HR News & Trends, Legal Issues

Workplace Investigations: Here’s Why Keeping Them Secret May be Unlawful

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Do you tell employees to refrain from discussing internal investigations? You might be violating the law, according to both the EEOC and the NLRB.

The typical approach

For years, employment lawyers have advised their clients to conclude investigatory interviews with a statement like, “You are hereby instructed to keep what we discussed strictly confidential.”

That approach could now land you in court.

The EEOC’s take

The Equal Employment Opportunity Commission recently took issue with an employer who took the typical approach. In a letter to the employer, the EEOC stated: “An employer who tries to stop an employee from talking with others about alleged discrimination is violating Title VII rights, and the violation is flagrant not trivial.”

The EEOC found the employer’s policy of keeping all investigations confidential to be “so broad that a reasonable employee could conclude by reading it that she could face discipline or charges for making inquiries to the EEOC for harassment if that harassment is being or has been investigated internally by your organization.”

The NLRB’s take

The National Labor Relations Board took a similar position in a recent case. In Banner Health System, the NLRB ruled that policies that bar employees from discussing investigations violate Section 7 of the National Labor Relations Act. Section 7 prohibits employers from interfering with the right of employees to engage in a wide variety of “concerted activities.”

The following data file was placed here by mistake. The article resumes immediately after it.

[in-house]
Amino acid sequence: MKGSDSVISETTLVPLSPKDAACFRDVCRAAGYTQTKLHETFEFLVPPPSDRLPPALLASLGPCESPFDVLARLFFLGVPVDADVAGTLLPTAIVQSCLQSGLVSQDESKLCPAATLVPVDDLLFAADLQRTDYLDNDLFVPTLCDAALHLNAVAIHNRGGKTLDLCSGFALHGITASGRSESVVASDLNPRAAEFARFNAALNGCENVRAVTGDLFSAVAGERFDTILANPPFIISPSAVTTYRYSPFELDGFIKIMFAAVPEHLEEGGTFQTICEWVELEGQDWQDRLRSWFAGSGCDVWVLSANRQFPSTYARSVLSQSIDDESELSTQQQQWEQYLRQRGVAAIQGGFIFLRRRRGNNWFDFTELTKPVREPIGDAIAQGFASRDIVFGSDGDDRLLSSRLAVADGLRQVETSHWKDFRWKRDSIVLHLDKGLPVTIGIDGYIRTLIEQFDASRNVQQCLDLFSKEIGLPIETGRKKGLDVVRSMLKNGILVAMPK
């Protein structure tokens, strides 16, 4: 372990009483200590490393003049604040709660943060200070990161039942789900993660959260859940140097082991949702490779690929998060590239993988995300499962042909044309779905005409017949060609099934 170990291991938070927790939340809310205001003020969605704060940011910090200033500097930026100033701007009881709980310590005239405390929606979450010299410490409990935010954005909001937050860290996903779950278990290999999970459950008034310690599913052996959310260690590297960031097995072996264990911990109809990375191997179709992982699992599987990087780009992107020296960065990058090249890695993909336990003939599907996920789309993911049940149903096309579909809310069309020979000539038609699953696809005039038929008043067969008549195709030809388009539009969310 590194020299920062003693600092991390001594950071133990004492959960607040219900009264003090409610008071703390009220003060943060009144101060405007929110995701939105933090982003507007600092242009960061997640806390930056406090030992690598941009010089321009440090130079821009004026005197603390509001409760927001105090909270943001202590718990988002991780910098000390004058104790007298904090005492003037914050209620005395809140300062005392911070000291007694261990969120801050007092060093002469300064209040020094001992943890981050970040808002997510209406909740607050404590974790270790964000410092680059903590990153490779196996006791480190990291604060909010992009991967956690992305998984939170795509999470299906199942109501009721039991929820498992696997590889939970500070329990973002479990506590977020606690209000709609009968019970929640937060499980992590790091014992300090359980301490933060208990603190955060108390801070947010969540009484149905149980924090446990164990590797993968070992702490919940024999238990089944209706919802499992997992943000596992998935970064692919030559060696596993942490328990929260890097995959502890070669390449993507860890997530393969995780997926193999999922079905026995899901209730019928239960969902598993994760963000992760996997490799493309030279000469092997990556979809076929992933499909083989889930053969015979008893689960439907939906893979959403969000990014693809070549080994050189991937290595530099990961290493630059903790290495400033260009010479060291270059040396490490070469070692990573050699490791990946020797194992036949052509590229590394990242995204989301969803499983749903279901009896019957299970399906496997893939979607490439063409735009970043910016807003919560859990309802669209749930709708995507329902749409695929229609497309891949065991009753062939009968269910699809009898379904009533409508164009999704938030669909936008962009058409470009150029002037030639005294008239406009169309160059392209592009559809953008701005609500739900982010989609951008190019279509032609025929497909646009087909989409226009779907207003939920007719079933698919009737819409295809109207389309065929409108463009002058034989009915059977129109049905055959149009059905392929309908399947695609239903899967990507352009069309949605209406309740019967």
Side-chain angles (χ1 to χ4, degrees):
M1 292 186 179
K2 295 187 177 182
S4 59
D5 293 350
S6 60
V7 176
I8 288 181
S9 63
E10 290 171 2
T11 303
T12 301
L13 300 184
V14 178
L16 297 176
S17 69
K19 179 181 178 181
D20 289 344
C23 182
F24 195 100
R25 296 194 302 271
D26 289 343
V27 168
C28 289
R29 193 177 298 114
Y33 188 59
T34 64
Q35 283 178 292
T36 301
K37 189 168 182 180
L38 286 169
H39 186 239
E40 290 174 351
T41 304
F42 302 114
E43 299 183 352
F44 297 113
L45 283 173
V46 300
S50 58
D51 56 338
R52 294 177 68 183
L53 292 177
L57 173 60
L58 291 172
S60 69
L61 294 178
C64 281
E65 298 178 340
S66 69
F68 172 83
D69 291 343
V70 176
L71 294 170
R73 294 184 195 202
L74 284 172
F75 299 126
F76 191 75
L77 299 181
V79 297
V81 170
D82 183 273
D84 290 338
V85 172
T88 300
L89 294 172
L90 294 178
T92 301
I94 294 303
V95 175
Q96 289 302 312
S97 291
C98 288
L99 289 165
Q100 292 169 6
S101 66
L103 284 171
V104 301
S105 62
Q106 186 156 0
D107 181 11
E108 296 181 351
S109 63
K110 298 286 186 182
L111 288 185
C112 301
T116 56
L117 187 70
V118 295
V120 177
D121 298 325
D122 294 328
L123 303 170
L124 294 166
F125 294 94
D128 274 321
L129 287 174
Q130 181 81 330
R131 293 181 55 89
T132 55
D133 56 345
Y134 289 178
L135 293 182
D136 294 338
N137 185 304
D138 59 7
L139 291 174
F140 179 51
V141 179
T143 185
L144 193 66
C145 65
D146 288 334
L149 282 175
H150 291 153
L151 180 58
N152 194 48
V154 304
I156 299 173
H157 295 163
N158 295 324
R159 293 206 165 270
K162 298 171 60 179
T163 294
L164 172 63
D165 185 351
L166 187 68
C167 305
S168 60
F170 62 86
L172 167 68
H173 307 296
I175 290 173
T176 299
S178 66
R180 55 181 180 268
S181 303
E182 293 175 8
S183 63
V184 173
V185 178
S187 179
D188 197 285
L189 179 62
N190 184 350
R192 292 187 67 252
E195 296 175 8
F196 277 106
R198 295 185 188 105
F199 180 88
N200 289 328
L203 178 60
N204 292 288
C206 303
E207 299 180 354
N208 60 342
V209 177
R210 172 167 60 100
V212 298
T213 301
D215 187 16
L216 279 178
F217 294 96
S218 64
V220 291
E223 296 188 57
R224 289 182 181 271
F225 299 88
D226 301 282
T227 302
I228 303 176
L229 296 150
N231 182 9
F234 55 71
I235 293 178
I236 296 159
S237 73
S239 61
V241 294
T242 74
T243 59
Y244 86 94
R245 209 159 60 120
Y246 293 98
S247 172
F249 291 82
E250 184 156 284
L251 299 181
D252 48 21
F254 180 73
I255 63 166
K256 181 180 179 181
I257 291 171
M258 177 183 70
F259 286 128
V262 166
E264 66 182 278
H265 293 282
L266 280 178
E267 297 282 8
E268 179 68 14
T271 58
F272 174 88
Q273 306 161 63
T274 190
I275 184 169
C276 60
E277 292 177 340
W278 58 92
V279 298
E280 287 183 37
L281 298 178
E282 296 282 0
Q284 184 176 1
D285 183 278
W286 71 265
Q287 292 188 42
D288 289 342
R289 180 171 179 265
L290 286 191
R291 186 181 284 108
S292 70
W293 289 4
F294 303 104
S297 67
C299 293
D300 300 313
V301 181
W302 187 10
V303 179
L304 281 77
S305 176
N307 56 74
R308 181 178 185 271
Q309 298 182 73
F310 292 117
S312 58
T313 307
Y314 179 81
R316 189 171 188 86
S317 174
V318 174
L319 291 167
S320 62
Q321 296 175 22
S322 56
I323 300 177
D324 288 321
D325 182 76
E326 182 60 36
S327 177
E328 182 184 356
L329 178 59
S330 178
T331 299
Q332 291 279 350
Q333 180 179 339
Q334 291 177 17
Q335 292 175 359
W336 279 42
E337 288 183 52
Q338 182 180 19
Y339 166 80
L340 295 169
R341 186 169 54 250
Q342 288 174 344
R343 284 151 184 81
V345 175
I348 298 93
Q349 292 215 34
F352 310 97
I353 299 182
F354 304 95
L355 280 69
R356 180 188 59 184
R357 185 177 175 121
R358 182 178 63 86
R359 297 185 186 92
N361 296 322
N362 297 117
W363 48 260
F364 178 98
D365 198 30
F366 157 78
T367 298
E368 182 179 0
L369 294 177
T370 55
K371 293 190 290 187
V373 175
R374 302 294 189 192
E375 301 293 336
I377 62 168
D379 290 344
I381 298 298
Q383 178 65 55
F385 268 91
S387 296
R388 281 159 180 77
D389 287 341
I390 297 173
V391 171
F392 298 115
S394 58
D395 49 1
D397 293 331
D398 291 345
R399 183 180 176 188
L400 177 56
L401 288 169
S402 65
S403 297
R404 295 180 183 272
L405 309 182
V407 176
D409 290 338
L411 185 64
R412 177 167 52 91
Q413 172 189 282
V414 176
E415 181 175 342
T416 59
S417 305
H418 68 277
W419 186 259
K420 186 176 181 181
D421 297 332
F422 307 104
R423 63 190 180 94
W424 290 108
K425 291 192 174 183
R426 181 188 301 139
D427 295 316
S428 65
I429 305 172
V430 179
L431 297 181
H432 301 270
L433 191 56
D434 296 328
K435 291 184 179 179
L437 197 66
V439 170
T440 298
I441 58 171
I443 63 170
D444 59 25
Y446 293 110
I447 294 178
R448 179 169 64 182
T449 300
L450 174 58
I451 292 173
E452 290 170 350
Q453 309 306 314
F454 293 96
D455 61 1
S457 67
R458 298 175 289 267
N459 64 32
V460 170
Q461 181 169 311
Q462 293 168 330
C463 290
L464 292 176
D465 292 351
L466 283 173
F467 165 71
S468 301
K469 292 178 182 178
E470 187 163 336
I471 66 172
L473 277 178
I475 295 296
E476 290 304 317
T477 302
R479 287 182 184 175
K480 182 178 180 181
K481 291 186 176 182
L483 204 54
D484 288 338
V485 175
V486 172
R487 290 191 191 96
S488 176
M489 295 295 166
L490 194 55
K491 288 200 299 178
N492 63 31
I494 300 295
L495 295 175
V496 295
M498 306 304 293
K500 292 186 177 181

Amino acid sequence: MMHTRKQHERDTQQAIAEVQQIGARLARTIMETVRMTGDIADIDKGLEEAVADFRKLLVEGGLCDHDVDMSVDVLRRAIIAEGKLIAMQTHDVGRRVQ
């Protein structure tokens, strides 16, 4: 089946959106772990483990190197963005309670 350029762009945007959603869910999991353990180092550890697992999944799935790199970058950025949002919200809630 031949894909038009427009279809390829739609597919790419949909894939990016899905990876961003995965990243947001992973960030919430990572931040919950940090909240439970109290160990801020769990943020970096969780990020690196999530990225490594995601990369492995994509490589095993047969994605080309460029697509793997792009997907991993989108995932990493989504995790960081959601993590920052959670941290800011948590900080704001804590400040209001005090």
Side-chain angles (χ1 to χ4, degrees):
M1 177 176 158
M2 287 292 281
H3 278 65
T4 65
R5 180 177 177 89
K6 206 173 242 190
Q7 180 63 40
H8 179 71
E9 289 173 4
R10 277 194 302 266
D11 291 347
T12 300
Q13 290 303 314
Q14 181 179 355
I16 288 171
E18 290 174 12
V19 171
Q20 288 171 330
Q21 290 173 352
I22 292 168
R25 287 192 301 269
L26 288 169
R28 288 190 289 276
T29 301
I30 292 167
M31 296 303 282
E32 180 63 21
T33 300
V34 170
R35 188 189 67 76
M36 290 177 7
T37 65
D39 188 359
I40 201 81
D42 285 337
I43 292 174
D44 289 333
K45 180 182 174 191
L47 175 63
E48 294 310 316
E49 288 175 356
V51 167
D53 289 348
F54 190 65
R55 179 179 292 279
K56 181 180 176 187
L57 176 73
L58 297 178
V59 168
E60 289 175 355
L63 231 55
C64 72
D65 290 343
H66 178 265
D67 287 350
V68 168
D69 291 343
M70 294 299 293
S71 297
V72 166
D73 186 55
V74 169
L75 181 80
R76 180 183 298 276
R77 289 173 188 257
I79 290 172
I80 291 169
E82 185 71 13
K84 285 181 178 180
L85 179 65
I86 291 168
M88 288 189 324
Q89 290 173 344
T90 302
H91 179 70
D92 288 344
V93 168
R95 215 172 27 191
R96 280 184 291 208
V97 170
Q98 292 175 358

The only exception is if an employer can demonstrate a “legitimate business justification that outweighs employees’ Section 7 rights.” A “generalized concern with protecting the integrity of its investigations” ain’t enough.

The NLRB provided three instances where an employer might be able to justify a confidentiality restriction:

  • A particular witness needs protection.
  • Evidence is likely to be destroyed or fabricated.
  • A “cover-up” is likely to occur.

What should employers do now?

The typical “thou shall not say anything at all about any aspect of this investigation” approach appears to be dead. The EEOC and NLRB will continue to target employers whose overly broad policies could potentially chill employee willingness to complain about discrimination or unfair labor practices.

Instead of issuing blanket prohibitions, employers should limit confidentiality requirements to situations where there’s a clear concern about witness safety, evidence loss/fabrication or a cover-up.

To be even safer, the instructions should make it clear that they apply only for the duration of the investigation and on company time/property.

This was originally published on Manpower Group’s Employment Blawg.

Mark Toth has served as Manpower Group North America's Chief Legal Officer since 2000. He also serves on the company’s Global Leadership Team, Global Legal Lead Team and North American Lead Team. Mark is recognized as an expert on legal issues affecting the U.S. workplace and is frequently quoted in media from The Wall Street Journal to 60 Minutes. He is also a past Chair of the American Staffing Association and is a certified Senior Professional in Human Resources. Contact him at mark.toth@manpowergroup.com.